Tuesday, June 23, 2009

Eucalyptus and Pages

Eucalyptus oil is fantastic for cleaning grime off books.

The Pages is the new novel by Murray Bail - just out in paperback - it follows two very Sydney women, one a psychoanalyst, the other a lecturer/protector of philosophy into the NSW outback to a farm, where the brother of the farmer, recently deceased, has left his life's philosophical musings on paper. I know, because my colleague told me, that the reader learns nothing of this philosophy - and so far in to this read I hear ruminations about North and South, Antipodes and Europe, thought and action, city and country. I read Bail's crafted prose and marvel at the placing of commas and his use of the short - quip like - sentence. It makes my toes curl (so far)

Hope and power

Tonight I broadcast the interview with Alan Clements - (edgeradio.org.au - The Book Show) - he is incredible. The Burmese people, 50 000 imprisoned souls, are beautiful. Aung San Suu Kyi is humourous, intelligent and hopeful. If you ware in Burma and you heard the interview - (about the current situation in Burma and Aung San Suu Kyi's farcical trial) - and you were found out - you would be imprisoned, most likely with no trial and possibly tortured.

Thursday, June 18, 2009

and for July 7 show....

I found Chris Andrews on the front of a Bolano novel - he is the translator of a lot of his works - as well as a poet and a literary theorist. In this conversation Chris talks about the vicissitudes and poetry of translation, secret French literary cults, Bolano and what is new and exciting in Latin American literature.

some shows soon:

Alan Clements was the first American monk in Burma in the late seventies, expelled from the country in the 80s he continued to visit and began to document the human rights travesty that is occuring in Burma.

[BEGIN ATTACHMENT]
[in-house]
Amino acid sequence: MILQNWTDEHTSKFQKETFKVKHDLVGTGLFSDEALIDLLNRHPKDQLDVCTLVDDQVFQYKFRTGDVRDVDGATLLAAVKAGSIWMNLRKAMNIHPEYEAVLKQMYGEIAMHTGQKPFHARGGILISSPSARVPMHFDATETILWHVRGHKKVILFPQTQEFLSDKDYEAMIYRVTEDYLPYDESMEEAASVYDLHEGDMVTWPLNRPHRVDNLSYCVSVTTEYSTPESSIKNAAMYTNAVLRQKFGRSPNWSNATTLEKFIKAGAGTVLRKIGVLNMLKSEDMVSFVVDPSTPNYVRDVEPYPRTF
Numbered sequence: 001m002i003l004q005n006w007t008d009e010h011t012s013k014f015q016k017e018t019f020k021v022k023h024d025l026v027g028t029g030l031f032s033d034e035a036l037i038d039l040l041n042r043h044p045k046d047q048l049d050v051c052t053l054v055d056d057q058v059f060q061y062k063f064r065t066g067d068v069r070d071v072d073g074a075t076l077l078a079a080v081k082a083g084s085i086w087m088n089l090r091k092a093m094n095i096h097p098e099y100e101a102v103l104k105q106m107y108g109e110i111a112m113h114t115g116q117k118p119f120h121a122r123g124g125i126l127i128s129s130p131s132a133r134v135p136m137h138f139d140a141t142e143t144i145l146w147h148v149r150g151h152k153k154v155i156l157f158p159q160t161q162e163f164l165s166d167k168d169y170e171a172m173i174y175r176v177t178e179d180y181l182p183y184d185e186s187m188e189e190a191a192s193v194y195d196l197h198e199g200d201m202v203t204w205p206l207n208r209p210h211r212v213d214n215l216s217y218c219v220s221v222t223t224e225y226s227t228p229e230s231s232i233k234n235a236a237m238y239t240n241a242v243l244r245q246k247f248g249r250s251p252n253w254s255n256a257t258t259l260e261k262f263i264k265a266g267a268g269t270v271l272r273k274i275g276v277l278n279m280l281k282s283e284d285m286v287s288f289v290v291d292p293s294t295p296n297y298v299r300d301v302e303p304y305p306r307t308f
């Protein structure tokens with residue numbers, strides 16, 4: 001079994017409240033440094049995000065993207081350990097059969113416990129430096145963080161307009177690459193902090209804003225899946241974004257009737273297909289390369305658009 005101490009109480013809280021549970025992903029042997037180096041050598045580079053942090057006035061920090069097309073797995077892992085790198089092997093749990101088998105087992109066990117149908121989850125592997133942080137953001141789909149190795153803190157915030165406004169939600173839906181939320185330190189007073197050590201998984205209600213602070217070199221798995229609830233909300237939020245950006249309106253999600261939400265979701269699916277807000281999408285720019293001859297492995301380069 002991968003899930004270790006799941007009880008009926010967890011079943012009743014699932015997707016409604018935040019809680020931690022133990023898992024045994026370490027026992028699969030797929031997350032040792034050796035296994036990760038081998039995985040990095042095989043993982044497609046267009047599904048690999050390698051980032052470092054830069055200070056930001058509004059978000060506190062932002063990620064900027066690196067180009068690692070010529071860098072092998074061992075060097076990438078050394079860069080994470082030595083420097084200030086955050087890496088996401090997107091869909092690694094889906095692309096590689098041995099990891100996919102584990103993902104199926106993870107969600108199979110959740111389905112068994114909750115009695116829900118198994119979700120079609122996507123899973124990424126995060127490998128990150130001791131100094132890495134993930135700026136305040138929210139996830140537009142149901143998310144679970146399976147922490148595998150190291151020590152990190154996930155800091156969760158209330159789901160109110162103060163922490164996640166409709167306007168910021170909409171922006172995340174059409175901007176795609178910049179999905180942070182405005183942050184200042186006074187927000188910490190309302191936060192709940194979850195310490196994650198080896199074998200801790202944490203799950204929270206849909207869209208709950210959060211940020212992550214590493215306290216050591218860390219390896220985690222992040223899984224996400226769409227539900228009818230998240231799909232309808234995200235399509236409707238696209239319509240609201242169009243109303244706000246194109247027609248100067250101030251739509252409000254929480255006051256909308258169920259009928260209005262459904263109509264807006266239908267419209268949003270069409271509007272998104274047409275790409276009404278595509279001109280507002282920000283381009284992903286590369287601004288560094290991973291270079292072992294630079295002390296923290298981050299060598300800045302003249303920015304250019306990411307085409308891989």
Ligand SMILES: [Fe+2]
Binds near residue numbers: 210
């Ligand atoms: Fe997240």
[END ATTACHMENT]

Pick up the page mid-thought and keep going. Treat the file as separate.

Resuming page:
In 1992 he approached Aun San Suu Kyi, the Nobel Peace Prize laureate, who has been under house arrest on and off for nearly two decades about working together to make a book.

Aun San Suu Kyi, with her voice of clarity and hope - is currently enduring a farcical trial, following the unsoliticed visit of an American citizen - who swam across the lake that her house backs on to. She is being charged with breaching the conditions of her house arrest.

It is most likely she will be imprisioned - she is currently being held at the Insein prison in Rangoon. Insein is pronounced insane.

The Voice of Hope - the conversations that Clements had with Suu Kyi - is an inspirational book - Suu Kyi and incredible person and this is a great and Clements is informed and articulate.

This interview has international relevance and is incredibly topical.

Sunday, June 14, 2009

Burma and dead Chile

On Tuesday I'll be interviewing Alan Clements, co author - with Aun San Suu Kyi - of The Voice of Hope and Chris Andrews, who is a translator of Roberto Bolano (missing a squirl over the n of his family name) - these interviews will be played over the next few weeks. I'll also be playing an interview with James Boyce, author of Van Diemens Land and winner of the 2009 Tasmanian Book Prize. This is an interview that my personal assistant, Rachel, did with James following the publication of Van Diemens Land early last year.

Wednesday, June 3, 2009

Bolano

I have finished reading The Savage Detectives, by Bolano (missing the all important en-yeh symbol above the N). He is my favourite dead Chilean. It is wonderous that, feeling there was no narrative, I was able to dive in madly - only to have the final third of the book pull me back into time and space. It IS a detective story. It is a true and harsh observation of humanity and it is a squalid, foetid beautiful genre smashing read.

Review - The Memory of Genocide in Tasmania, scars on the archive by Jesse Shipway

The Memory of Genocide in Tasmania is a daunting, exhausting and devastating book that examines genocide and modernity and the attempt to d...